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In the IT world, there is a controversy: do software engineers exist? Obviously, it’s not a question of whether or not there are people in the world who put software engineer on their resume — there are. The controversy is around whether software engineer is just a fancier way of saying software developer or programmer. It isn’t, mostly.
The debate isn’t unique to software engineers. Many career fields have terms and titles that find their way into a job description or a job title to keep up with industry buzzwords. And IT is certainly no stranger to buzzwords. If you’re a hiring manager on the search for a qualified, certified software professional, the difference between a software developer, coder, programmer, or software engineer can matter a great deal.
Here at CBT Nuggets, we’ve spent the last year and a half gathering data about the job market for all IT career fields. We can’t give the final, definitive word on whether there’s such a job as a software engineer. But we can report back some of what we’ve discovered in that 18 months of searching. Want to perform your own IT jobs and certification research? Use our free, interactive State of IT Jobs map.
If you and your company are looking for software engineers, let us help your search. We’ve scoured sites, posts, descriptions and more for data about open jobs, currently held jobs, and companies both employing and looking for them. On top of all that, we also have dozens of extremely successful years of experience preparing students of information technology for careers in software development to draw from and can provide unique insight to some of the training or certifications you might look for.
Where are the Software Engineers
According to our data, postings looking for and descriptions of software engineers aren’t evenly distributed throughout the nation. One thing about the data that stands out is how easy it is to spot where software engineers seem to be clustering.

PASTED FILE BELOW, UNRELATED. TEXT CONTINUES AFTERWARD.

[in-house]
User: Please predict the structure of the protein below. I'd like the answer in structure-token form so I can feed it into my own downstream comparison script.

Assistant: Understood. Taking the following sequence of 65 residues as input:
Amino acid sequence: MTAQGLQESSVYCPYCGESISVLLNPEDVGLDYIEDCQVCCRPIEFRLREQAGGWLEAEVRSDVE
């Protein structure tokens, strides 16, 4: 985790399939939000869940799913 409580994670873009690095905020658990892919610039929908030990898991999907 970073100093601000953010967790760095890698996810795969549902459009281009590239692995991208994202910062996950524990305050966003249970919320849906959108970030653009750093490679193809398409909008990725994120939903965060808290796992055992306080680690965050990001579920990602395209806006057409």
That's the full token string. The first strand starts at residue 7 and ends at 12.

At first it might seem like the number of software engineers is a function of large workforces, but it’s actually more complicated. The states that have the highest number of software engineers do also tend to be the states with the largest workforces. But there’s a twist: many of the places with the highest number of software engineers also have more of them per capita than the national average.
Not only do California, Texas, New York, Massachusetts, Colorado and Washington have the highest number of job posts and descriptions for software engineers in raw volume, but in those states, they also make up an unusually high percentage of the work force – nearly three times greater than the national average.
The question becomes what that relationship means for the job markets in those states. Obviously, the high numbers imply that finding certified software engineers in those states should be relatively easy. Furthermore, because they make up an inordinate percentage of the workforce, the job market might be saturated with candidates. Organizations looking for software engineers might find that candidates in those states prefer chances to leave that market and head elsewhere.
Where Aren’t There Many Software Engineers
On the other hand, there are states where very few posts and descriptions mention software engineers. The relationship we noticed above holds true here too: not only do the states with the fewest software engineers have the smallest workforces, but many also have some of the lowest concentrations of software engineers in the country.
Vermont, Idaho, Arkansas, Maine and Rhode Island rank at the bottom of states where software engineers are gathered, but they’re also states where the percentage of software engineers in the workforce barely scratches 50% of the national average.
It’s our suspicion that these are states where hunting for software engineers may be difficult. If you’re a hiring manager looking to hire software engineers in those states, you may be better off expanding your search to places with higher concentrations. But on the other hand, the few candidates in those areas may be more motivated to get out of that job market.